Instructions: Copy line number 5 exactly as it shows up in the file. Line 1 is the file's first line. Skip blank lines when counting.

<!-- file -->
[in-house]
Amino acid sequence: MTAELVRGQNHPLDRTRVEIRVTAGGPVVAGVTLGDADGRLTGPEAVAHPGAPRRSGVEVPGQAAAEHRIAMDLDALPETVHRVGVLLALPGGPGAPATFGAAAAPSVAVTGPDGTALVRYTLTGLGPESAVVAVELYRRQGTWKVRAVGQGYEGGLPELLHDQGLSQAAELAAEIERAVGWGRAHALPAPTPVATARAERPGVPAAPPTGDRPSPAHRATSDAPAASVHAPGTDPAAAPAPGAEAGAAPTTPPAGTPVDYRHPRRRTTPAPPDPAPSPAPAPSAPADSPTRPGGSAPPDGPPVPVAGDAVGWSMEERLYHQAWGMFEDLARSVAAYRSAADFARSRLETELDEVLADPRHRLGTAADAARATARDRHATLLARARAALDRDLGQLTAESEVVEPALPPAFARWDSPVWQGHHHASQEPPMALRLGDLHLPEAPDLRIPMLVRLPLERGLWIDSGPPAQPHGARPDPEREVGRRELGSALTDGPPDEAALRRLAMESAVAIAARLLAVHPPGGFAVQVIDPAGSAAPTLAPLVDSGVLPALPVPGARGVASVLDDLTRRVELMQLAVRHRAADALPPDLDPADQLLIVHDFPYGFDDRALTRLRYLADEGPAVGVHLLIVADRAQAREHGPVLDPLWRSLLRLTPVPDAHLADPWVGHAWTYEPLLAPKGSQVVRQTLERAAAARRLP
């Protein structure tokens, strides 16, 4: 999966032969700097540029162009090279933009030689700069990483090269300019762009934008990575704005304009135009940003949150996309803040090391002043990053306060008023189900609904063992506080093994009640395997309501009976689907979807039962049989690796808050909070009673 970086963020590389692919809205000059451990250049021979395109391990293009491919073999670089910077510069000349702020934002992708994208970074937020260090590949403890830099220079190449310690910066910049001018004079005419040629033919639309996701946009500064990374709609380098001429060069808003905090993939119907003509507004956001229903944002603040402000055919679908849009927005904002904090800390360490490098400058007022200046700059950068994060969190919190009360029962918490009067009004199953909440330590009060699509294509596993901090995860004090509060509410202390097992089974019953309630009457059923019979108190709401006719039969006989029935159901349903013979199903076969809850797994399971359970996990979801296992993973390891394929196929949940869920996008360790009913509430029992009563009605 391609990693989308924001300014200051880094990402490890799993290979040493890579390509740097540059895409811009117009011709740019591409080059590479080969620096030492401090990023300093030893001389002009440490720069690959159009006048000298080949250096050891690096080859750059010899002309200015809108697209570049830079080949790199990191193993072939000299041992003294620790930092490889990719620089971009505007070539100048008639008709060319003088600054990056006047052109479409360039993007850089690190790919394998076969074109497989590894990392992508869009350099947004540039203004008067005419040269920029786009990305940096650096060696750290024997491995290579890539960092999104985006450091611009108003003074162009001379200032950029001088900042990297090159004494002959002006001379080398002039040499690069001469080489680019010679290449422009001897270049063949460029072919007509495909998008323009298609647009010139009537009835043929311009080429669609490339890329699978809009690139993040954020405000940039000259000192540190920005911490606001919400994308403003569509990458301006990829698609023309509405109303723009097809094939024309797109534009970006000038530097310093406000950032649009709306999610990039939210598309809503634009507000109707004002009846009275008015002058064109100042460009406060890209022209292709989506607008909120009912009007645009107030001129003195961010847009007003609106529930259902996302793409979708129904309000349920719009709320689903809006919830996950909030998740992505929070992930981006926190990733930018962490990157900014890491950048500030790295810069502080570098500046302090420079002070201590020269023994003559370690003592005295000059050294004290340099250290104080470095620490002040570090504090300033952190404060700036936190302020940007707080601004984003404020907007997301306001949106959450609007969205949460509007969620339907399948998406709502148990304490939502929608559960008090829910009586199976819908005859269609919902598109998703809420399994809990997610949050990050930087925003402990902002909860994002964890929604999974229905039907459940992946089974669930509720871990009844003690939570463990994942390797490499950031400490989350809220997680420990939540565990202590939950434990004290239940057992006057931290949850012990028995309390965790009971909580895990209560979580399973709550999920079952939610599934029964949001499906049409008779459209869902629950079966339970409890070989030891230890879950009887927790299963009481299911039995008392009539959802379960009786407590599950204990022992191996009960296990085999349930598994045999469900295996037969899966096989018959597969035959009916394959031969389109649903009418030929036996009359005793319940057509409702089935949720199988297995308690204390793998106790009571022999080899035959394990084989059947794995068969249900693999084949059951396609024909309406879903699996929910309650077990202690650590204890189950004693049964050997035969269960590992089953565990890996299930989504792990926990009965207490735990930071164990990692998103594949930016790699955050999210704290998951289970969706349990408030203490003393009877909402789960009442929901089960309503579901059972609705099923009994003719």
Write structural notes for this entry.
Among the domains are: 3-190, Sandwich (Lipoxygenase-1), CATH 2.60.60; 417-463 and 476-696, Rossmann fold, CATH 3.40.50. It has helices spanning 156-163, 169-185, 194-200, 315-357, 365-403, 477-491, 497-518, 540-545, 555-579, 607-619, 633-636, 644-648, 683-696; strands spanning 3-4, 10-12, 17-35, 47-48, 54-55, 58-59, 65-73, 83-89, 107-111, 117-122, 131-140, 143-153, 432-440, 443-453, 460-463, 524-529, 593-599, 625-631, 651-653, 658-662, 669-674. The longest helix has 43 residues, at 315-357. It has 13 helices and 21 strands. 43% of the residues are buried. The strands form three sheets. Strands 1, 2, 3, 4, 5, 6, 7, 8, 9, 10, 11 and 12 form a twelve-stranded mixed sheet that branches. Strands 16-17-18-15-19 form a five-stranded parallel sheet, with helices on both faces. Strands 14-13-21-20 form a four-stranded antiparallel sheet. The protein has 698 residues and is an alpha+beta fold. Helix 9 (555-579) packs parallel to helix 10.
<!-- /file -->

Among the domains are: 3-190, Sandwich (Lipoxygenase-1), CATH 2.60.60; 417-463 and 476-696, Rossmann fold, CATH 3.40.50. It has helices spanning 156-163, 169-185, 194-200, 315-357, 365-403, 477-491, 497-518, 540-545, 555-579, 607-619, 633-636, 644-648, 683-696; strands spanning 3-4, 10-12, 17-35, 47-48, 54-55, 58-59, 65-73, 83-89, 107-111, 117-122, 131-140, 143-153, 432-440, 443-453, 460-463, 524-529, 593-599, 625-631, 651-653, 658-662, 669-674. The longest helix has 43 residues, at 315-357. It has 13 helices and 21 strands. 43% of the residues are buried. The strands form three sheets. Strands 1, 2, 3, 4, 5, 6, 7, 8, 9, 10, 11 and 12 form a twelve-stranded mixed sheet that branches. Strands 16-17-18-15-19 form a five-stranded parallel sheet, with helices on both faces. Strands 14-13-21-20 form a four-stranded antiparallel sheet. The protein has 698 residues and is an alpha+beta fold. Helix 9 (555-579) packs parallel to helix 10.